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Nat Neurosci. 2015 Apr;18(4):590-6. doi: 10.1038/nn.3961. Epub 2015 Mar 2.

Anxious individuals have difficulty learning the causal statistics of aversive environments.

Author information

1
Functional MRI of the Brain Centre, Nuffield Department of Clinical Neurosciences, John Radcliffe Hospital, Oxford, UK.
2
1] Functional MRI of the Brain Centre, Nuffield Department of Clinical Neurosciences, John Radcliffe Hospital, Oxford, UK. [2] Center for Behavioral Brain Sciences, University of Magdeburg, Magdeburg, Germany.
3
1] Functional MRI of the Brain Centre, Nuffield Department of Clinical Neurosciences, John Radcliffe Hospital, Oxford, UK. [2] Department of Psychology and Helen Wills Neuroscience Institute, University of California, Berkeley, California, USA.

Abstract

Statistical regularities in the causal structure of the environment enable us to predict the probable outcomes of our actions. Environments differ in the extent to which action-outcome contingencies are stable or volatile. Difficulty in being able to use this information to optimally update outcome predictions might contribute to the decision-making difficulties seen in anxiety. We tested this using an aversive learning task manipulating environmental volatility. Human participants low in trait anxiety matched updating of their outcome predictions to the volatility of the current environment, as predicted by a Bayesian model. Individuals with high trait anxiety showed less ability to adjust updating of outcome expectancies between stable and volatile environments. This was linked to reduced sensitivity of the pupil dilatory response to volatility, potentially indicative of altered norepinephrinergic responsivity to changes in this aspect of environmental information.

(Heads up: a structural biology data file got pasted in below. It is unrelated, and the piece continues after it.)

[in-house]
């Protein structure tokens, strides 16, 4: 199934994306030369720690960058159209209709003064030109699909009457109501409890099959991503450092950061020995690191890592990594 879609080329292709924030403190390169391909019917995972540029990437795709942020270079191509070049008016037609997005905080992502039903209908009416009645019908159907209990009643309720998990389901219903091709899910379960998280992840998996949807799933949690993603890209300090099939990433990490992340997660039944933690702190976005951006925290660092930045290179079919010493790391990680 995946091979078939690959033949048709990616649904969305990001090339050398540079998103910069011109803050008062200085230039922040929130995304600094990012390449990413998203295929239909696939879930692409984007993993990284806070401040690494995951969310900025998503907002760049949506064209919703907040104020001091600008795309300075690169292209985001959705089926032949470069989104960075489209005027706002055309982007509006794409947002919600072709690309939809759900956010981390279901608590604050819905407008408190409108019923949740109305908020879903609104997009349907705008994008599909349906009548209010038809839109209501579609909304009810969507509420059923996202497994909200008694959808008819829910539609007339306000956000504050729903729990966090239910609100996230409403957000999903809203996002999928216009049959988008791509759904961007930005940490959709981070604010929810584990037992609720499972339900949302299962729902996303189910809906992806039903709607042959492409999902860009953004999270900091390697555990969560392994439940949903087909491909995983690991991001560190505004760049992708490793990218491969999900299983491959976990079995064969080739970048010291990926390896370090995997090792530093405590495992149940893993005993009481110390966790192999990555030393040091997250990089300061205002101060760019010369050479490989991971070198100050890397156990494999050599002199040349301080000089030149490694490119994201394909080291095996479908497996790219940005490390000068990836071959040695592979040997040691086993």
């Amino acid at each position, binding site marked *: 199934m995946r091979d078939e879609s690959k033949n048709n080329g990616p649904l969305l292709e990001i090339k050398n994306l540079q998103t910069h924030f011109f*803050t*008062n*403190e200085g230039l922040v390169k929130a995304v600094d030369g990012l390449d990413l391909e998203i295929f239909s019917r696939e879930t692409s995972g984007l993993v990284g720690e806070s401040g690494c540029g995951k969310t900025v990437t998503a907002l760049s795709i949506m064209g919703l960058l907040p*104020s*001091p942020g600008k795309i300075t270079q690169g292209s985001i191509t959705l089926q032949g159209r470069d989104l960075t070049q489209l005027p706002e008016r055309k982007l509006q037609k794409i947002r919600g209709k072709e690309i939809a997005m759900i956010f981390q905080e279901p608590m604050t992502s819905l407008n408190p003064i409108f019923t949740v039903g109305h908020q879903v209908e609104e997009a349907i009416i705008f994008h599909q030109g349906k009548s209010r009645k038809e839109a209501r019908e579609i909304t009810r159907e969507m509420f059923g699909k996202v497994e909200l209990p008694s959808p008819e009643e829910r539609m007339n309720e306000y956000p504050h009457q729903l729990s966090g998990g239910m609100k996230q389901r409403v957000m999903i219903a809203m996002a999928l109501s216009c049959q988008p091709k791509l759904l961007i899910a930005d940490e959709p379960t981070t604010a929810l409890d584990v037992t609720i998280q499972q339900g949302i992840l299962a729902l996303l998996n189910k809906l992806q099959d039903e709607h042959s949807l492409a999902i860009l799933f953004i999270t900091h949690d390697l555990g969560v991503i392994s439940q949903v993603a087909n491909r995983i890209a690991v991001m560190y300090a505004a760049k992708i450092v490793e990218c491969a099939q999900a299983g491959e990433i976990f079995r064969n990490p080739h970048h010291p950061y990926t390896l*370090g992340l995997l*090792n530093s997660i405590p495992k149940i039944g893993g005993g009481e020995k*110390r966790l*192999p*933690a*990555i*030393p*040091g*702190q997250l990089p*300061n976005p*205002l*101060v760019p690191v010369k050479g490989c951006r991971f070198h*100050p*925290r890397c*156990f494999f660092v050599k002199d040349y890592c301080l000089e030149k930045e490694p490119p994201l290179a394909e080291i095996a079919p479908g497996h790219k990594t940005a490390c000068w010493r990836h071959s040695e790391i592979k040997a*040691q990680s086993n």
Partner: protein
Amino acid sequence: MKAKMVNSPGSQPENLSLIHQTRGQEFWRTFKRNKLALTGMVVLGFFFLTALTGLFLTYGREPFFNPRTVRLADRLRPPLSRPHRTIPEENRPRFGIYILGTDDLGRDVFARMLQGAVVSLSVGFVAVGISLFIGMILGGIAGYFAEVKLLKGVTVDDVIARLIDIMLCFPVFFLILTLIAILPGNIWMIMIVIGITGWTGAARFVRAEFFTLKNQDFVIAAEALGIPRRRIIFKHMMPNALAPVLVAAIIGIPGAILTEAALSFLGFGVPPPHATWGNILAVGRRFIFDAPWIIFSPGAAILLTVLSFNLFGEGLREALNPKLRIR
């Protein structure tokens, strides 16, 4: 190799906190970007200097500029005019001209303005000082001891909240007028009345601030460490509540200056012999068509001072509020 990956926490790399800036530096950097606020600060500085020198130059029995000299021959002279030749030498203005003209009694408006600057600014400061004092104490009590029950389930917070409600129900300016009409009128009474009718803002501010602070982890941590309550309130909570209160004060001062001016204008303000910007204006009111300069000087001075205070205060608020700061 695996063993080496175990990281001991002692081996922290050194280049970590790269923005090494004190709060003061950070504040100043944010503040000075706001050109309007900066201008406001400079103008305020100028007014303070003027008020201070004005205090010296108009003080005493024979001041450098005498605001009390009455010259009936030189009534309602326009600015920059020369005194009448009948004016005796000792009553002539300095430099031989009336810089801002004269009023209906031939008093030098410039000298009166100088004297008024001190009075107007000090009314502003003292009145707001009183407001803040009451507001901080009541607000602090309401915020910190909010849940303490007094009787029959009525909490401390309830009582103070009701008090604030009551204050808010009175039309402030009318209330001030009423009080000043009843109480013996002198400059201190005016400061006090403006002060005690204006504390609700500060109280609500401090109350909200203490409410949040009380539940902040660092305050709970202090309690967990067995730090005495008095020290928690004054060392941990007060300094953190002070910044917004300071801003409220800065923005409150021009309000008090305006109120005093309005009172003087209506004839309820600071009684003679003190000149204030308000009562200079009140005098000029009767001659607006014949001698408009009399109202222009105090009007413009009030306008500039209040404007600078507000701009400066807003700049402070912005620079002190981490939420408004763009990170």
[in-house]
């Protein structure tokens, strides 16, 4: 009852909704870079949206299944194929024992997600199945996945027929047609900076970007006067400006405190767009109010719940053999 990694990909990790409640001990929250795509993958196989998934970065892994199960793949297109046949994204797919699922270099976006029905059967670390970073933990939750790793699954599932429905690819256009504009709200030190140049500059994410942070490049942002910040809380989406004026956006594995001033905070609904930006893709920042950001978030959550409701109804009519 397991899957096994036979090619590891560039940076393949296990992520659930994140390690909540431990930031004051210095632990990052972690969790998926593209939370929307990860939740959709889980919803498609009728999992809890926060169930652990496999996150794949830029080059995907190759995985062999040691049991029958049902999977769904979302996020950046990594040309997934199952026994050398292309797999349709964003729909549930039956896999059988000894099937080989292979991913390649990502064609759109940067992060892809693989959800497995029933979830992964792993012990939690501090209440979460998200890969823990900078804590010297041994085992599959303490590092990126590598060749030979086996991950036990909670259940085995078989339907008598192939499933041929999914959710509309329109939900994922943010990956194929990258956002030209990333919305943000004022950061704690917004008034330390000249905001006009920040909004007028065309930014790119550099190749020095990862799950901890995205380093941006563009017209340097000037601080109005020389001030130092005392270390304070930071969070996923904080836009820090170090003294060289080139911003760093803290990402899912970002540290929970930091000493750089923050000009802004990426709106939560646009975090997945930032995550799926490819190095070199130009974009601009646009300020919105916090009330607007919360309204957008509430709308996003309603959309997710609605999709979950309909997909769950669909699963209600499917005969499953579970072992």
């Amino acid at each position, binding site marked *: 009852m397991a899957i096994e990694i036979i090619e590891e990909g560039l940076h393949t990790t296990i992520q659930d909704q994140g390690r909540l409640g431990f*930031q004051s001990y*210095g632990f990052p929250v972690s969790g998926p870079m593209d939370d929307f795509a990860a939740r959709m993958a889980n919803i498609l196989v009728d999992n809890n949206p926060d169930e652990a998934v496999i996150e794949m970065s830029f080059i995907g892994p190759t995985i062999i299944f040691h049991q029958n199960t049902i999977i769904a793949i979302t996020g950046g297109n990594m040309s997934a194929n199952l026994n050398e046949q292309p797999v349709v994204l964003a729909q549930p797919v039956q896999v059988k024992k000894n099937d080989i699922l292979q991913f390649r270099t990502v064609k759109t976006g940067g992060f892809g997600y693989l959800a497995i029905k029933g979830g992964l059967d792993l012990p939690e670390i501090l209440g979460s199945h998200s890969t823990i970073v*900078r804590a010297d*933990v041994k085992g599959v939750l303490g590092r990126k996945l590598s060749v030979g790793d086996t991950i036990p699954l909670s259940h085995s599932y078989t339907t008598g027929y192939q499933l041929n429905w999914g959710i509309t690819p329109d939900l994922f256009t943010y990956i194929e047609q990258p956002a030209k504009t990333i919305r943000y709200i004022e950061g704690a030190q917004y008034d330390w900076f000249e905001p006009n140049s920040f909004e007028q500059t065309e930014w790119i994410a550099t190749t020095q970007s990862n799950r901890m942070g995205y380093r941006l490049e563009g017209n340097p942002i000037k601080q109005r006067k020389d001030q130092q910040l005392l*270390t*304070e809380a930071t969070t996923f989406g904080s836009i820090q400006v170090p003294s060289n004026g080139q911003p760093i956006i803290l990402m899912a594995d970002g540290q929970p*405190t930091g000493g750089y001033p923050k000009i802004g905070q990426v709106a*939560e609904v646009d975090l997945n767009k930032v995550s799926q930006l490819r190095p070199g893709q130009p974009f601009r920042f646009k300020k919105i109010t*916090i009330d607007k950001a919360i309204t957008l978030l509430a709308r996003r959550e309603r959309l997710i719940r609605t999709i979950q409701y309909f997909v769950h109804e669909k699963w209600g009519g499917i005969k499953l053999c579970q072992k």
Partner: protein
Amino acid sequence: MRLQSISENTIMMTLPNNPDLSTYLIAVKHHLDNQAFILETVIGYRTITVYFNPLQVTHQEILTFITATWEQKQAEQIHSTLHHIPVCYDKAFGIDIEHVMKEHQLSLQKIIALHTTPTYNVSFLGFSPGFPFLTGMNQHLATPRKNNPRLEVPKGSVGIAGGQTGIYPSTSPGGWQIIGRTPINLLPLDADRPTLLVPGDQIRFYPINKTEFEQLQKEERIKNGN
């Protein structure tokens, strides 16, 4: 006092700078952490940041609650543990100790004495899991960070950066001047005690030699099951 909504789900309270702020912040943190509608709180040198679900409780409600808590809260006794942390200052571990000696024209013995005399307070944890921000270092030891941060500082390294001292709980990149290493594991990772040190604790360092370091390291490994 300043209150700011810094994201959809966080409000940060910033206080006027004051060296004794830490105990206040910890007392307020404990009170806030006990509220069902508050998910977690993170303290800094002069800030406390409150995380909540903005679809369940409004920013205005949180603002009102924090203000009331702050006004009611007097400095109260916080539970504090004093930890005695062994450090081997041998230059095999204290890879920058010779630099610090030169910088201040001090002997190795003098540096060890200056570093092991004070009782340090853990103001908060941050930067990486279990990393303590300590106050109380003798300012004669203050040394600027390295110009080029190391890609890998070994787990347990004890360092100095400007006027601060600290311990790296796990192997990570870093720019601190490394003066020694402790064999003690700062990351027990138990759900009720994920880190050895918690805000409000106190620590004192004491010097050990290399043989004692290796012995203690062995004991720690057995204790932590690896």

PMID:
25730669
PMCID:
PMC4644067
DOI:
10.1038/nn.3961
[Indexed for MEDLINE]
Free PMC Article

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